White attracts the eye more than any color. When used, it dominates the artwork. It’s used sparingly and intentionally to draw attention to a specific area, or design element. (White is your super weapon. With it, you control the viewer and dictate where they look first and what they see, as the primary focal point. Wield it wisely.) 

Black creates a visual hole in artwork. It’s used sparingly and intentionally for high contrast. (If the project allows, I try to avoid using black and substitute super dark blue, purple or brown instead. I apply this idea frequently in projects that have a pictorial theme. When I want to create deep dark shadows, I use dark blue instead of black. Then my high contrast areas have warmth, without the negative void.)  

For a better understanding of the influence of white and black on artwork look at a color photograph, and then squint your eyes. By blurring the details, the high contrast areas become obvious. The white areas come forward, while the black fields recede to nothingness. Try this when no one’s looking or they’ll wonder about you.


5 Color Theory Tips

1 Pick a Color Palette and Stick with It  

With so many crayons in the box it’s hard to stick to just a few. But I promise, the desirability of your artwork will greatly improve if you show restraint. Sticking to your colors indicates conscious thought and planning. It also suggests that the artwork has deeper meaning, which viewers find intriguing and therefore worth further study.   

2 Work with Primarily Three Colors 

Consider one of the three colors, the one you intend to use most, as the primary color. Use the second color to a lesser degree, so it complements the primary color without competing with it. The third color is used the least. Select one that enhances the primary and secondary colors. 

When working with a monochromatic (neutral, muted or single color) color scheme, I like to throw in a zinger. A zinger is an unexpected complimentary color; it’s used in moderation to serve as an accent. Visually, the unexpected color gives the quiet field points of interest that lure the viewer in.  

3 Use Multiple Shades of the Same Color

This is especially important when working with glass. Introducing different hues extends the color palette, bringing fullness and depth to an otherwise flat material. Asian Poppy is an example of this approach. For my primary color, red, I used cherry red, red opal and flame. For the secondary color, amber, I used light amber, medium amber and dark amber. My accent color was yellow. For the zinger I used olive green stringers. I chose green because it’s opposite red on the color wheel, and therefore a complementary color.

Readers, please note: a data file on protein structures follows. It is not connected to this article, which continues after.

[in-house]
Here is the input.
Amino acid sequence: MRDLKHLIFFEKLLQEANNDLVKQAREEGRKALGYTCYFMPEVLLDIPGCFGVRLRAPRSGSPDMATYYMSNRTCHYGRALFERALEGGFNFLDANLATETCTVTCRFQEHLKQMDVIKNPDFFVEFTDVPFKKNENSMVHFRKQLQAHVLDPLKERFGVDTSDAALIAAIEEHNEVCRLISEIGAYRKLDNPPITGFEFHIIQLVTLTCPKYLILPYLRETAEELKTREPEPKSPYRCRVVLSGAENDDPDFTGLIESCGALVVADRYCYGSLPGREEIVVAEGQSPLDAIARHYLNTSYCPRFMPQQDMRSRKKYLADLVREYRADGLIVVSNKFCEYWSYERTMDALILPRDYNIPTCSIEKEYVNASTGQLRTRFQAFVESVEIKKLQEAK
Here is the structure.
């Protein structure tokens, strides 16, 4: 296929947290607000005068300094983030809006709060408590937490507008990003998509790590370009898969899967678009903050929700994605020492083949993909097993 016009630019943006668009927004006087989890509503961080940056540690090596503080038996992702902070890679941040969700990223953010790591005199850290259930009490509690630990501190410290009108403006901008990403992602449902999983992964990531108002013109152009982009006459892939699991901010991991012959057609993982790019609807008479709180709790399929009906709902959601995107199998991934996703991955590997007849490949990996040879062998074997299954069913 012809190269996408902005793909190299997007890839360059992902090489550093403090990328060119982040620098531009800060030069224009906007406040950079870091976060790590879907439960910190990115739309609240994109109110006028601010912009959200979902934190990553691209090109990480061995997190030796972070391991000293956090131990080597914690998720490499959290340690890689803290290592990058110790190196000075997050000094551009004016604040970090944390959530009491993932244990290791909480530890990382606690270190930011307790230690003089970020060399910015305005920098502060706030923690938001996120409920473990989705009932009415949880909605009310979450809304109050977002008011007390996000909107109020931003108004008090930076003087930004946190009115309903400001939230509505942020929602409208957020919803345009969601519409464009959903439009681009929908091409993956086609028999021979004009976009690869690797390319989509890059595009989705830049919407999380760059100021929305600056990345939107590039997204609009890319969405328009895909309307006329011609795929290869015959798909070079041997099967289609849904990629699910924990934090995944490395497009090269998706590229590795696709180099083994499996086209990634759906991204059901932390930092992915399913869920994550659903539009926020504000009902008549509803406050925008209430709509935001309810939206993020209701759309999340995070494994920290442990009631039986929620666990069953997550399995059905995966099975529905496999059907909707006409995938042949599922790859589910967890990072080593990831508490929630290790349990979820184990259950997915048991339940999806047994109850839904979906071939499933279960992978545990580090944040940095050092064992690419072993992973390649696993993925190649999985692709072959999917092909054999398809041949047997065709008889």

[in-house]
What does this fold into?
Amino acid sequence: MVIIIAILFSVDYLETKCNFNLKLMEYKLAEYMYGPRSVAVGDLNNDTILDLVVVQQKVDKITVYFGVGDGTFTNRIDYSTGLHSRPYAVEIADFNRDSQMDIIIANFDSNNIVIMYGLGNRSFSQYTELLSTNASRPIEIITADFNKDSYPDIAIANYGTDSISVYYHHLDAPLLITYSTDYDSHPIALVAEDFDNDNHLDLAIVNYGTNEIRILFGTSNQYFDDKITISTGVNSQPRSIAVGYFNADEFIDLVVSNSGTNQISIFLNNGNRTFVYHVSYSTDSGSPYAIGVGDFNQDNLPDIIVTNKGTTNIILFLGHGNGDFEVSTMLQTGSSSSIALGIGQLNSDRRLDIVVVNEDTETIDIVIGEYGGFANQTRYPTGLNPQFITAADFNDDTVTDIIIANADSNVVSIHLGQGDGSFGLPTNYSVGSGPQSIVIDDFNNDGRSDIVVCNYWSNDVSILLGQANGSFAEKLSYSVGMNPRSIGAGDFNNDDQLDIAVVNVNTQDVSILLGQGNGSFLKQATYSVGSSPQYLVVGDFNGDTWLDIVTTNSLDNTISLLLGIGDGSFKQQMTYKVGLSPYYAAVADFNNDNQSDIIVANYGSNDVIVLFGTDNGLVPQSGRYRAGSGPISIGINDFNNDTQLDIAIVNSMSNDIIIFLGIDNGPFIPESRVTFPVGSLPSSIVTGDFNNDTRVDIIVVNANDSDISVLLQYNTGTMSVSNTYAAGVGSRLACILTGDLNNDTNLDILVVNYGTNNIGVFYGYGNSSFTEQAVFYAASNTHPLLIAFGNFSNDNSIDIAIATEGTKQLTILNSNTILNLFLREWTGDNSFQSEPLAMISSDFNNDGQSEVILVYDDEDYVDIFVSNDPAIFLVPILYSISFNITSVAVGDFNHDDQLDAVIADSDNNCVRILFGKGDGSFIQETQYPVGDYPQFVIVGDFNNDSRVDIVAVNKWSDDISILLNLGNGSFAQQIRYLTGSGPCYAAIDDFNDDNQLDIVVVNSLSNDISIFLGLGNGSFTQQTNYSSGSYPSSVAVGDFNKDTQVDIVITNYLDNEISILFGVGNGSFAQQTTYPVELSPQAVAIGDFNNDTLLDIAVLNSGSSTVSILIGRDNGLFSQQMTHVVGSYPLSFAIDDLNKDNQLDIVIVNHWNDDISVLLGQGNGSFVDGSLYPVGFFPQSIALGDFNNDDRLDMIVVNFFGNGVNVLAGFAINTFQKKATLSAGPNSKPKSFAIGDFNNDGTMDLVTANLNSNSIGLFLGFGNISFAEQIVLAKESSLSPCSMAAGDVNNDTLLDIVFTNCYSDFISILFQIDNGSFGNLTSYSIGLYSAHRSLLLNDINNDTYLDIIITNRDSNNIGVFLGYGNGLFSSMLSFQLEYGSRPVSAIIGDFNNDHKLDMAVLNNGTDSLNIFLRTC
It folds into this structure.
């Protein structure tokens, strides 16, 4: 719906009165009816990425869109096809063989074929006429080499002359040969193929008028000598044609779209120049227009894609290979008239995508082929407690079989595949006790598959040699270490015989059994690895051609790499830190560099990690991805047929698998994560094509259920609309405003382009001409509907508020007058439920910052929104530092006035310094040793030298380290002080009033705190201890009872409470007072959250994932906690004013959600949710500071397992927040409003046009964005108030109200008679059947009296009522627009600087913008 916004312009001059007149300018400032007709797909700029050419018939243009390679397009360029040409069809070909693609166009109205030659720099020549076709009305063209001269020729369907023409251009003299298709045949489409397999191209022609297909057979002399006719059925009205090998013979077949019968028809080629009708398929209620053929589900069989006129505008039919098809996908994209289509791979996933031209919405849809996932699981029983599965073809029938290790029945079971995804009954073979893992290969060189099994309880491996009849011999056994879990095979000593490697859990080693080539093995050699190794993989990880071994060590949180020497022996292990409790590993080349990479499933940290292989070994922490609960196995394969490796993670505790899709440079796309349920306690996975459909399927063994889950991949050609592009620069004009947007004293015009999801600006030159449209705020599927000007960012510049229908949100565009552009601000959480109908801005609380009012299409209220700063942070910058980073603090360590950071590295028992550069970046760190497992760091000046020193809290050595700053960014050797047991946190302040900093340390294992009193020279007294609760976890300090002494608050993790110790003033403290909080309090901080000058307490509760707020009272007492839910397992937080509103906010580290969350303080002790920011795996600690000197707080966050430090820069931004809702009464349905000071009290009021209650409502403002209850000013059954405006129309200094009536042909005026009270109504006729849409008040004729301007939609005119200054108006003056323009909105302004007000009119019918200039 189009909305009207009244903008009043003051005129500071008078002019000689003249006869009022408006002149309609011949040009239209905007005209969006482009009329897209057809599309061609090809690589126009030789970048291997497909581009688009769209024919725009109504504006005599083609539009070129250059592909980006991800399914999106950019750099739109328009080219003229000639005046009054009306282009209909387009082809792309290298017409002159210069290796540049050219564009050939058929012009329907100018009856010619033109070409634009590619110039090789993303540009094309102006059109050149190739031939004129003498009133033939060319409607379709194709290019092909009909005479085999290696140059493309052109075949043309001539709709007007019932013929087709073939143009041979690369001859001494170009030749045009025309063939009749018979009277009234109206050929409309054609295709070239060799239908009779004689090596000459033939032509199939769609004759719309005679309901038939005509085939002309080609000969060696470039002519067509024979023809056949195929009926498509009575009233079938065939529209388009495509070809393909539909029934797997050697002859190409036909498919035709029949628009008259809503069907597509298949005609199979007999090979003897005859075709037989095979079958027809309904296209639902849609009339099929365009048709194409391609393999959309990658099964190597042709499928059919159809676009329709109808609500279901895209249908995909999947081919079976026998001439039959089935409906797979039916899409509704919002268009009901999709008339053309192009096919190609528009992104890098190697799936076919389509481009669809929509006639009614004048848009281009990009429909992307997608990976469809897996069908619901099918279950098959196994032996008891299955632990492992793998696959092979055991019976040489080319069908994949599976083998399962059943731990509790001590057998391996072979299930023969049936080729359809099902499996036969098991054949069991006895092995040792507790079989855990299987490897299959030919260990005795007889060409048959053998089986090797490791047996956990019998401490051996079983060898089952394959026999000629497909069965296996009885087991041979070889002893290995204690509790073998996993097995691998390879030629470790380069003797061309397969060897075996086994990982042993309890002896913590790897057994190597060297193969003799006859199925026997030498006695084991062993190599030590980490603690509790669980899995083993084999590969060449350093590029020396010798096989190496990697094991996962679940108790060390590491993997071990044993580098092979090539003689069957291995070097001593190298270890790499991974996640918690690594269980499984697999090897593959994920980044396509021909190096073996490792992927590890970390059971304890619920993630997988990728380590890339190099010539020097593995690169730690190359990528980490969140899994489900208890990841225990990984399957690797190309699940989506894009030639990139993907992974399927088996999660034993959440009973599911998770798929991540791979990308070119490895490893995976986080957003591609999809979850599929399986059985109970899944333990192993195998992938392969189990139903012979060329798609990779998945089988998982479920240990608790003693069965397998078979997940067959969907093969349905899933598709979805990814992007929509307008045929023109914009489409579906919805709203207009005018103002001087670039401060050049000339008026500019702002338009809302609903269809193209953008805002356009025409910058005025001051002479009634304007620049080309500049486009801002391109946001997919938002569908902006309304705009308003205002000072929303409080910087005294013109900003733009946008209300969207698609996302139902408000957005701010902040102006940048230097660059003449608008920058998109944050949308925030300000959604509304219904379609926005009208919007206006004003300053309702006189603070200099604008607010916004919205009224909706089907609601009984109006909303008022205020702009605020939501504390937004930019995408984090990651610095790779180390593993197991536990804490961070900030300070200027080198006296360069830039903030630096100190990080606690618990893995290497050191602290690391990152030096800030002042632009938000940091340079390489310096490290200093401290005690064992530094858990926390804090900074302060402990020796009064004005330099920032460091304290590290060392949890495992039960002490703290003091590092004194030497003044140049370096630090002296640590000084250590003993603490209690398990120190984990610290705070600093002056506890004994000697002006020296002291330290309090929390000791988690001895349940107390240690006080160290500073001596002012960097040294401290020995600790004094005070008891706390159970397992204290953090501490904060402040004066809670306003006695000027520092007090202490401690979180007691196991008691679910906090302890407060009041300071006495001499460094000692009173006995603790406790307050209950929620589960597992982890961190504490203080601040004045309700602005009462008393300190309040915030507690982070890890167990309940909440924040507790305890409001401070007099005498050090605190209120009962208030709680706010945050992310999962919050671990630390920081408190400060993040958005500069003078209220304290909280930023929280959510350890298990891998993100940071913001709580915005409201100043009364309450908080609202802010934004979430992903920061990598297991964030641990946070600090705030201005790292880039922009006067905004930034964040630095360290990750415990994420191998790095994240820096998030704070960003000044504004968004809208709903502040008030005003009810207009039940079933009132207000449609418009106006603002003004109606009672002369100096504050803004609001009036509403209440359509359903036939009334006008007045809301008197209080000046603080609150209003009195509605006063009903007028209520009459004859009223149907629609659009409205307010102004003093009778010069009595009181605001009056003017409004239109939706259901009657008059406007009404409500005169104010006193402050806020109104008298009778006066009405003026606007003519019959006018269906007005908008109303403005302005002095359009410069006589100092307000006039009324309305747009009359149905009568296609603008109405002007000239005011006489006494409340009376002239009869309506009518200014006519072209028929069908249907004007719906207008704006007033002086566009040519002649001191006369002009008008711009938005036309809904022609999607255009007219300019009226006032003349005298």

4 Repeat Colors 

If you use a color in one place repeat that color in at least two more places. This creates continuity which prompts full exploration of the entire piece of artwork. It’s not necessary to use the same amount of color in each application; it’s actually more interesting to vary the color concentration here and there.  

5 How to Find Your Own Fresh Color Palettes 

Pay attention to the different color combinations you see daily and expand on those. I’ve found inspiration to make a fused bowl with a color palette I found at the mall. I liked the mix of blues on a man’s shirt. Inspired by a random pile of brightly colored pony-tail bands in my daughter’s bathroom, I made a really pretty clock. The colors for one of my signature series pieces was inspired by a picture of a New England beach. In it I combined grey-blue along with, pale amber, bronze and pale green. Another one was inspired by a volcano. It was made with shades of red, orange, grey and black. Open yourself up to new sources beyond the studio and the ideas will come in a flood.  

These are guidelines. They’re intended to give you a more in-depth understanding of the important role color plays in the appearance of your art. Nothing here is set in stone. There are exceptions to every rule, and I’m usually first in line to break them. But with this background knowledge, you’ll make more educated decisions about your construction. 

And hopefully, that will take you to the next level.

Until next time, happy fusing,


Upcoming Workshops
I’m teaching two new hands on workshops at D&L Art Glass Supply in Denver, CO.
June 13 – 16, 2016 where you’ll learn how to apply these color theories first-hand.
The classes are open to everyone, not just wholesale customers.
I hope you can join me!

Register here
Check out the video here!

5 Awesome New Things You’ll Learn in
Take it to the Next Level – Advanced Mixed Technique 2-Day Workshop, June 13-14, 2016
D&L Art Glass Supply in Denver, CO.
1 NEW Free-Flow process for artful blends and washes similar to blown glass.
2 How to create dramatic effects with color, pattern and texture.  
3 How to build complex, multifaceted works.
4 How to give your art unique form that stands out from the crowd.    
5 How to combine multiple advanced techniques for engaging artwork.  

5 Awesome New Things You’ll Learn in
Breaking Through – Making Exhibition Quality Artwork 2-Day Workshop, June 15-16, 2016
D&L Art Glass Supply in Denver, CO.
1 What it takes to make break through exhibition quality artwork.
2 How to develop your own unique design style.
3 How to create drama with color, texture and pattern.
4 How to combine advanced techniques for the wow factor.
5 Innovative, sculptural ways to present and display your art.